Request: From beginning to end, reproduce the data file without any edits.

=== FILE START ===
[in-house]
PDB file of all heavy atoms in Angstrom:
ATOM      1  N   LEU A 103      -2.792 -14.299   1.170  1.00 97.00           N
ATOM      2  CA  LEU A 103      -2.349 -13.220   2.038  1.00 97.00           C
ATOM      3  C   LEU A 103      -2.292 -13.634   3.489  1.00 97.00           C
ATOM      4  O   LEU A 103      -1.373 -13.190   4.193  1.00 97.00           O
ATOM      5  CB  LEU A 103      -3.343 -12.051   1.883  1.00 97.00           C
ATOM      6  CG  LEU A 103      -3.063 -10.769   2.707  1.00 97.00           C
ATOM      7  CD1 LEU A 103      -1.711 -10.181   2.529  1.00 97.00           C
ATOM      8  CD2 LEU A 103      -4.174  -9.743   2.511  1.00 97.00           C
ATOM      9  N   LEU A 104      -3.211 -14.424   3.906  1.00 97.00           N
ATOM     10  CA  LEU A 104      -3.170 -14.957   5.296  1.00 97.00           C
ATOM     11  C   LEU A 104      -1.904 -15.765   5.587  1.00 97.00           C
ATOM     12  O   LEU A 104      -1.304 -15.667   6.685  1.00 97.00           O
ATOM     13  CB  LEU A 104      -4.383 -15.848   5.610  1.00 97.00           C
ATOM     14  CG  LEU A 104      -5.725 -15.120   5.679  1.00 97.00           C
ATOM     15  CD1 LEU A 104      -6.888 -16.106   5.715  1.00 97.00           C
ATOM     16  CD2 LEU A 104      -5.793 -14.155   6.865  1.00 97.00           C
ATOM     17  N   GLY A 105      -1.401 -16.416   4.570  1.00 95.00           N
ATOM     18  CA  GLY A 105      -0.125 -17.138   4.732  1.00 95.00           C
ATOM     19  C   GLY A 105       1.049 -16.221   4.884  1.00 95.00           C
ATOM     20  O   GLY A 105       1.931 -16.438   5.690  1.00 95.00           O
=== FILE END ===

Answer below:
[in-house]
PDB file of all heavy atoms in Angstrom:
ATOM      1  N   LEU A 103      -2.792 -14.299   1.170  1.00 97.00           N
ATOM      2  CA  LEU A 103      -2.349 -13.220   2.038  1.00 97.00           C
ATOM      3  C   LEU A 103      -2.292 -13.634   3.489  1.00 97.00           C
ATOM      4  O   LEU A 103      -1.373 -13.190   4.193  1.00 97.00           O
ATOM      5  CB  LEU A 103      -3.343 -12.051   1.883  1.00 97.00           C
ATOM      6  CG  LEU A 103      -3.063 -10.769   2.707  1.00 97.00           C
ATOM      7  CD1 LEU A 103      -1.711 -10.181   2.529  1.00 97.00           C
ATOM      8  CD2 LEU A 103      -4.174  -9.743   2.511  1.00 97.00           C
ATOM      9  N   LEU A 104      -3.211 -14.424   3.906  1.00 97.00           N
ATOM     10  CA  LEU A 104      -3.170 -14.957   5.296  1.00 97.00           C
ATOM     11  C   LEU A 104      -1.904 -15.765   5.587  1.00 97.00           C
ATOM     12  O   LEU A 104      -1.304 -15.667   6.685  1.00 97.00           O
ATOM     13  CB  LEU A 104      -4.383 -15.848   5.610  1.00 97.00           C
ATOM     14  CG  LEU A 104      -5.725 -15.120   5.679  1.00 97.00           C
ATOM     15  CD1 LEU A 104      -6.888 -16.106   5.715  1.00 97.00           C
ATOM     16  CD2 LEU A 104      -5.793 -14.155   6.865  1.00 97.00           C
ATOM     17  N   GLY A 105      -1.401 -16.416   4.570  1.00 95.00           N
ATOM     18  CA  GLY A 105      -0.125 -17.138   4.732  1.00 95.00           C
ATOM     19  C   GLY A 105       1.049 -16.221   4.884  1.00 95.00           C
ATOM     20  O   GLY A 105       1.931 -16.438   5.690  1.00 95.00           O